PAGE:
In our house, ‘We’re ex­pect­ing a visit from Edith Whar­ton’ has be­come the po­lite way of re­quest­ing that in­te­rior doors are closed. It’s a rule that’s bro­ken with some fre­quency...

about doors. She be­lieved in se­ri­ous door width and dou­ble-door pair­ings. She got ex­cited by con­cealed or re­cessed doors set into book­cases. She stated em­phat­i­cally that doors should never be placed in close re­la­tion­ship to a fire­place and cer­tainly never to ei­ther side – all sen­si­ble stuff. Yet a rule of Edith’s that most res­onates with me is both a de­sign rule and one for liv­ing with de­sign. Whar­ton was quite sure of one thing: ‘The nat­u­ral po­si­tion of any door is closed.’ ‘Were you born in a tent?’ is an old Kiwi wit­ti­cism asked of peo­ple that don’t ha­bit­u­ally close doors be­hind them. It usu­ally ap­plies to those who, com­ing in from the out­side, leave an ex­ter­nal door open – some­thing you par­tic­u­larly notice when sit­ting close to the door in your lo­cal cafe on a cold win­ter morn­ing. At home, a more se­cu­rity-con­scious world has prob­a­bly led to the front door of the house be­ing more res­o­lutely closed, but how of­ten are in­ter­nal doors left sway­ing on their hinges? In our house, ‘We’re ex­pect­ing a visit from Edith Whar­ton’ has be­come the po­lite way of re­quest­ing that in­te­rior doors are closed. It’s a rule that’s bro­ken with some fre­quency, such are the plea­sures of co-habi­ta­tion. There is, how­ever, a strong case to be made for a closed door. A closed door pro­vides greater in­su­la­tion, prevents draughts, en­sures pri­vacy, cuts out sound, and con­ceals un­tidi­ness. It is be­hind a closed door that a room be­comes com­plete and in front of one that you are in charge of the re­veal – that mo­ment when visi­tors are ex­posed to the whole ef­fect. The rules of waist­coat but­ton­ing are ar­cane, for­mal, based heav­ily in class struc­ture and per­haps a lit­tle silly, but learn­ing to close a door – well, try it. It will not only make you pop­u­lar in the lo­cal cafe this win­ter, but it does won­ders for the soul of any nat­u­ral dec­o­ra­tor.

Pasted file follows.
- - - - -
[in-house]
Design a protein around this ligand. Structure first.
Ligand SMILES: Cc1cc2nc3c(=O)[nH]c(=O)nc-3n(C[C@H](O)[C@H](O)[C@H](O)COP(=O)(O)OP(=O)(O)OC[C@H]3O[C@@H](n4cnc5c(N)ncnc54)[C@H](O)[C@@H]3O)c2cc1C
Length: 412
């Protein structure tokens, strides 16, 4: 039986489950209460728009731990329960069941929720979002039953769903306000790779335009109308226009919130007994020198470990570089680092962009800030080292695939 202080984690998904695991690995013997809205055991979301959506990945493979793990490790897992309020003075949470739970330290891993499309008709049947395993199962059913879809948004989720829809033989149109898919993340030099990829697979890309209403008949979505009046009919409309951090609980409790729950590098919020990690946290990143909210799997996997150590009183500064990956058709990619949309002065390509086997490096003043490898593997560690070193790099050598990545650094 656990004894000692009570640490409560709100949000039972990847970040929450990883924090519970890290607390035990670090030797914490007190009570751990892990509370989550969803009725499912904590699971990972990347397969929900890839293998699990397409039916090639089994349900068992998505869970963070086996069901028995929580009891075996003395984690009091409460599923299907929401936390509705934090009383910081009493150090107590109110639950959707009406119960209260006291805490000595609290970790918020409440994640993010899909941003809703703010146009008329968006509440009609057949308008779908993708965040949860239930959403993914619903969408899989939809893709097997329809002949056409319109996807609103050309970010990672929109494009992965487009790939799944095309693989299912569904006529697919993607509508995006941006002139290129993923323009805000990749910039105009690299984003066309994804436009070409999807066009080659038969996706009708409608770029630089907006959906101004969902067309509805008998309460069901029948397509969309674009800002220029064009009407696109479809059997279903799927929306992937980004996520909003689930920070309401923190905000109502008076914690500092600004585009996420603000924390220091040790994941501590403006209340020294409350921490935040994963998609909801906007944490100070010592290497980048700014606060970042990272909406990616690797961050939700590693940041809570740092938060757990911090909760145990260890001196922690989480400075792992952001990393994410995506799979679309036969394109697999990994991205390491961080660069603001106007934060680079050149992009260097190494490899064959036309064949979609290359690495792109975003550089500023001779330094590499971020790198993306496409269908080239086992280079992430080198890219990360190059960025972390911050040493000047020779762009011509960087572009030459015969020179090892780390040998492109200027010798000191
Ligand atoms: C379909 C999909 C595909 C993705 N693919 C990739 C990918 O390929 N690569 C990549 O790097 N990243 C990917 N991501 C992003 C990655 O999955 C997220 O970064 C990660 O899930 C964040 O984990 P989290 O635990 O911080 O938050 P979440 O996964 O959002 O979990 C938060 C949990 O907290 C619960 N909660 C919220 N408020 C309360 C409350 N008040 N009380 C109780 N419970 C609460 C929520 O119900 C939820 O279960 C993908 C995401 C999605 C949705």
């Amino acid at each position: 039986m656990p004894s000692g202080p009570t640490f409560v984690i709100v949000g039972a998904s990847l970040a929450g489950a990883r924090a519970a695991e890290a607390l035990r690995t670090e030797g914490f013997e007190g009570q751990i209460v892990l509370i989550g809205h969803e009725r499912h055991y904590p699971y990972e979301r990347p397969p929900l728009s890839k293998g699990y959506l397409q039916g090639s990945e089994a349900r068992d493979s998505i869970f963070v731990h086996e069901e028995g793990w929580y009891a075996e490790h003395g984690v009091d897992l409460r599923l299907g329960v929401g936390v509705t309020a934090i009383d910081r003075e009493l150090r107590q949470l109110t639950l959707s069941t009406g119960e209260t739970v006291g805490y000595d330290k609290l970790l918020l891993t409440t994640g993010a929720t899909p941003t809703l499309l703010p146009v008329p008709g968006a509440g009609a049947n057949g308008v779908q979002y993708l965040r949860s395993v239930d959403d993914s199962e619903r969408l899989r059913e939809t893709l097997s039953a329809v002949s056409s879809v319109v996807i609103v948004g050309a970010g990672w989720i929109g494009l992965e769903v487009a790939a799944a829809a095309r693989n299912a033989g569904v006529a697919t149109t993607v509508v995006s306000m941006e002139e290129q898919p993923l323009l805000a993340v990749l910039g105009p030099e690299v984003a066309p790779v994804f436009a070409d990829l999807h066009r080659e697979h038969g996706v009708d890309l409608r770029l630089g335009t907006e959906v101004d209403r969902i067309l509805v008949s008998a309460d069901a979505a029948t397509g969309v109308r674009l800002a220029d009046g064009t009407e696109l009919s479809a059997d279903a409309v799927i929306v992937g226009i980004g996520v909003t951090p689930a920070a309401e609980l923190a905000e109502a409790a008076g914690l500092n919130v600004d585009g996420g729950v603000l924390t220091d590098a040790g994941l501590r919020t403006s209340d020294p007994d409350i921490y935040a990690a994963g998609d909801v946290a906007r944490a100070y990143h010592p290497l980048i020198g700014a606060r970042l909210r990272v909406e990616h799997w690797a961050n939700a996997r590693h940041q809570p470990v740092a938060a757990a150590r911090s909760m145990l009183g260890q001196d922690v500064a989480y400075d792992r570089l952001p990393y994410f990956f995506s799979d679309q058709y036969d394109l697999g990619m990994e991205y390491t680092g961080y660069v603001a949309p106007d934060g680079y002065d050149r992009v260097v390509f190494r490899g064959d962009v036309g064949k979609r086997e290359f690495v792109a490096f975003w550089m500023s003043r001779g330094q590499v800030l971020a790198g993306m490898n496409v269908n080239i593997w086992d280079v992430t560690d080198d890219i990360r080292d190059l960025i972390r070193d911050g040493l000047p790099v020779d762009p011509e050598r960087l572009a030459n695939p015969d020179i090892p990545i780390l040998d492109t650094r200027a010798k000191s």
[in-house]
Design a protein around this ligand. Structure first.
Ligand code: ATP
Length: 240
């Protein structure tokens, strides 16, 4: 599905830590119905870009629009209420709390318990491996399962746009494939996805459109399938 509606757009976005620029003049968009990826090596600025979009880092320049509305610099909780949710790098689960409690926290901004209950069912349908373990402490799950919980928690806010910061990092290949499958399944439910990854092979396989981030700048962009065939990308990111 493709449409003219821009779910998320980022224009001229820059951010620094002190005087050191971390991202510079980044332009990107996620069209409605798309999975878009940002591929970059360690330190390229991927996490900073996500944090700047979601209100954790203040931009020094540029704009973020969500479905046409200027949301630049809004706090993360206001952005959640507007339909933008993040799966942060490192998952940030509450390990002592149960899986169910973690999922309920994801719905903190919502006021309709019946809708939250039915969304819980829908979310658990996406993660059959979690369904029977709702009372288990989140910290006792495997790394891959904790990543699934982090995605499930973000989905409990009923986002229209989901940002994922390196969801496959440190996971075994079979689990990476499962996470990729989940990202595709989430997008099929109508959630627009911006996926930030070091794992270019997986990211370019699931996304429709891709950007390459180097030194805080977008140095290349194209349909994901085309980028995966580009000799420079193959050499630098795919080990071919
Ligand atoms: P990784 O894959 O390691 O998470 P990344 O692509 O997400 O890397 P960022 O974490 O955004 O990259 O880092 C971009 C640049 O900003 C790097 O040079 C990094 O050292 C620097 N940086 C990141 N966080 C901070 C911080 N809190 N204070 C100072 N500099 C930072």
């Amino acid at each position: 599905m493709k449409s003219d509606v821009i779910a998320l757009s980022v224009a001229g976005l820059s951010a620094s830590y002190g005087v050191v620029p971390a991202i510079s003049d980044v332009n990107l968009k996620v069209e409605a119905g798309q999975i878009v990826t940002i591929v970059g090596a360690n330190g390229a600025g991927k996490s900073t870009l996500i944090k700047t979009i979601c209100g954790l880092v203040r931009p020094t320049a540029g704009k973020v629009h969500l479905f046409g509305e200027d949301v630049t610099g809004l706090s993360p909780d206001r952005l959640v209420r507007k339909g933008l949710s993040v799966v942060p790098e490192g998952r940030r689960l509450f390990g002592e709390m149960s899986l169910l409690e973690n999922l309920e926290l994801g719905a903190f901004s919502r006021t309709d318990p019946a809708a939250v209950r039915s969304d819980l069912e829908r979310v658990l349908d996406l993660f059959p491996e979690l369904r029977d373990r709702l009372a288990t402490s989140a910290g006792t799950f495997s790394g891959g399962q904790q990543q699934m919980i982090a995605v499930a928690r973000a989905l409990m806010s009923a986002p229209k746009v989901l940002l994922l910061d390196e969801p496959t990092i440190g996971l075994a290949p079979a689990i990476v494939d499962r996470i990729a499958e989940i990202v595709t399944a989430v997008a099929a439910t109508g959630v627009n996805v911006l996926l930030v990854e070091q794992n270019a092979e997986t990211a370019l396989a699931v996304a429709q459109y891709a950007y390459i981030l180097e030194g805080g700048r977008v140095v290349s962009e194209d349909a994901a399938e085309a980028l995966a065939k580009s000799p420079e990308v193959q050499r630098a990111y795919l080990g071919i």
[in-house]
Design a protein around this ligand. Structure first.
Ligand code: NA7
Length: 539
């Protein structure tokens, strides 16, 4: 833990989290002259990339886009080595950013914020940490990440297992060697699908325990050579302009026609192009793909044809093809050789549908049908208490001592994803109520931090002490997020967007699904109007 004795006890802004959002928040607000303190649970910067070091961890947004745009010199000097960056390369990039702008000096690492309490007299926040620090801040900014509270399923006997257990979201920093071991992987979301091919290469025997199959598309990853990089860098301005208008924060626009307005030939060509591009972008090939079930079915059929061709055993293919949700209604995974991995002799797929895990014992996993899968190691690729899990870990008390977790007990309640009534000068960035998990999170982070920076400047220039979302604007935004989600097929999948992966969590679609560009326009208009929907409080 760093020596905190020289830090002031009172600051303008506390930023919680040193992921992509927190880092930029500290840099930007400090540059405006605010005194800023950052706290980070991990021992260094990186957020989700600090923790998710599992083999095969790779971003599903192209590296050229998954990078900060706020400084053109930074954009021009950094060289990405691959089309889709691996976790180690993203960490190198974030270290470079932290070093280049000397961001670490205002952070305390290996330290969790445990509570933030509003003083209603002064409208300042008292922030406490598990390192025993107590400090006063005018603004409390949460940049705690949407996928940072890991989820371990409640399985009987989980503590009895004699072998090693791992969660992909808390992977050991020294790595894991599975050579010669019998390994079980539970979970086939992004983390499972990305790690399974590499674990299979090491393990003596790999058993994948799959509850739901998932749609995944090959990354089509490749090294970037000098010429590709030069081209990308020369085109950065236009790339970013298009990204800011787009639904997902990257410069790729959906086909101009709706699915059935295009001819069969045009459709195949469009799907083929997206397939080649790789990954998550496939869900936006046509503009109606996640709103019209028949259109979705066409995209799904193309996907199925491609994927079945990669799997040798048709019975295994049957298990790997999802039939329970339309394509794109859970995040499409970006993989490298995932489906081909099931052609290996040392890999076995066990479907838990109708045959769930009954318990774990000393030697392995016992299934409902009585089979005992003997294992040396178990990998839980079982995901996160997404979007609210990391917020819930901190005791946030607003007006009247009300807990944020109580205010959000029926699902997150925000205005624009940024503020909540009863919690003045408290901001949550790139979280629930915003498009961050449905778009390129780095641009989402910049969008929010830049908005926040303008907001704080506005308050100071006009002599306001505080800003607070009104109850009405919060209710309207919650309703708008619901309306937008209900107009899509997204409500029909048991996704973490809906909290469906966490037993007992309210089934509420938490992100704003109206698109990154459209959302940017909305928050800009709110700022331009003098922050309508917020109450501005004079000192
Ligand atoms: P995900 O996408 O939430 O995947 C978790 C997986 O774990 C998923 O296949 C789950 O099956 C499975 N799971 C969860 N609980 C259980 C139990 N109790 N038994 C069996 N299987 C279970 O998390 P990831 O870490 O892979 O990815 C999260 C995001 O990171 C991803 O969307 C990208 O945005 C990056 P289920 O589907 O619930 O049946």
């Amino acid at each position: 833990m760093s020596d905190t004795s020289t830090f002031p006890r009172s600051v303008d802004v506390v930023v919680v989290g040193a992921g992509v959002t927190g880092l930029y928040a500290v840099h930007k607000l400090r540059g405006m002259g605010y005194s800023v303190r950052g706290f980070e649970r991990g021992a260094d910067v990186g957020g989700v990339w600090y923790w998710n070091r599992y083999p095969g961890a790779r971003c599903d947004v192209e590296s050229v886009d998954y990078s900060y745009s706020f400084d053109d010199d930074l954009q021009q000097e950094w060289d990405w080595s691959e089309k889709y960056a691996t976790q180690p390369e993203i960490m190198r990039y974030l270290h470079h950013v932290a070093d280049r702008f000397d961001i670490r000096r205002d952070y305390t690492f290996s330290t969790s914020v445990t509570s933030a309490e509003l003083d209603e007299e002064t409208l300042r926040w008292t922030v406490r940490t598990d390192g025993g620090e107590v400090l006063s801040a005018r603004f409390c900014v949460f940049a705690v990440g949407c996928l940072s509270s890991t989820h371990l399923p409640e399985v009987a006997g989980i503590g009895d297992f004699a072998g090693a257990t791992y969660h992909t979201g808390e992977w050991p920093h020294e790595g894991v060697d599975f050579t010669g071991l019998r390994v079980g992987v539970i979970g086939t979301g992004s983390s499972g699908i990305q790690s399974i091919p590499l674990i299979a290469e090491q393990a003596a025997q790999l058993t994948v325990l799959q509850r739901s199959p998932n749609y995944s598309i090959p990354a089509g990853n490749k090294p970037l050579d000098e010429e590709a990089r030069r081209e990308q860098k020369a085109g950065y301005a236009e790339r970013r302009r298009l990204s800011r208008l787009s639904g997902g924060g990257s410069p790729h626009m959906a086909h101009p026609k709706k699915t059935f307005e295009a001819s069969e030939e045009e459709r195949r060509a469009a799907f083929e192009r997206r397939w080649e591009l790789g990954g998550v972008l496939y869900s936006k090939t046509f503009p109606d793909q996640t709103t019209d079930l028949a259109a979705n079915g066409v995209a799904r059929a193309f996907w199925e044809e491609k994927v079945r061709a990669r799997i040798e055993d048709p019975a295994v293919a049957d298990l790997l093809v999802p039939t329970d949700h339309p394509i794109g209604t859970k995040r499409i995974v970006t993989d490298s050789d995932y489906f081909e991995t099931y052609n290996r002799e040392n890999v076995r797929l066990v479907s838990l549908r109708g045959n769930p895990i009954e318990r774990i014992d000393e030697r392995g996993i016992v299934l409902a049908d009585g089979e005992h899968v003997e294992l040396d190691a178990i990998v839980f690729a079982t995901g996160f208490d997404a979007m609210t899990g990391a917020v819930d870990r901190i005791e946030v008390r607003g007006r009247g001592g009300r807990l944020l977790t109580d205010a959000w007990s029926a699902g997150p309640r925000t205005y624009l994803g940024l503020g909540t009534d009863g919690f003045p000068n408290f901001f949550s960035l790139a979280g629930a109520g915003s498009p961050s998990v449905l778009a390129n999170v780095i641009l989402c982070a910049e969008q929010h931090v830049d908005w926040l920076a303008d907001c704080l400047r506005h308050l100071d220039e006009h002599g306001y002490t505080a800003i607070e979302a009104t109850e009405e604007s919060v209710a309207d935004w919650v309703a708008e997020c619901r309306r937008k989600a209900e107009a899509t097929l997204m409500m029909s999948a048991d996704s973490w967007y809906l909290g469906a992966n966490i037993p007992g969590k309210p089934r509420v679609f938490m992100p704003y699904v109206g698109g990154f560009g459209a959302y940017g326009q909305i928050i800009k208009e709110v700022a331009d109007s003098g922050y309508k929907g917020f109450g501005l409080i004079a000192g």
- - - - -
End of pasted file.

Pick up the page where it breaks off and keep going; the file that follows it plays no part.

In this apart­ment, there’ll be no need for clas­sic quips such as ‘Were you born in a tent?’, or to an­tic­i­pate vis­its from Edith Whar­ton.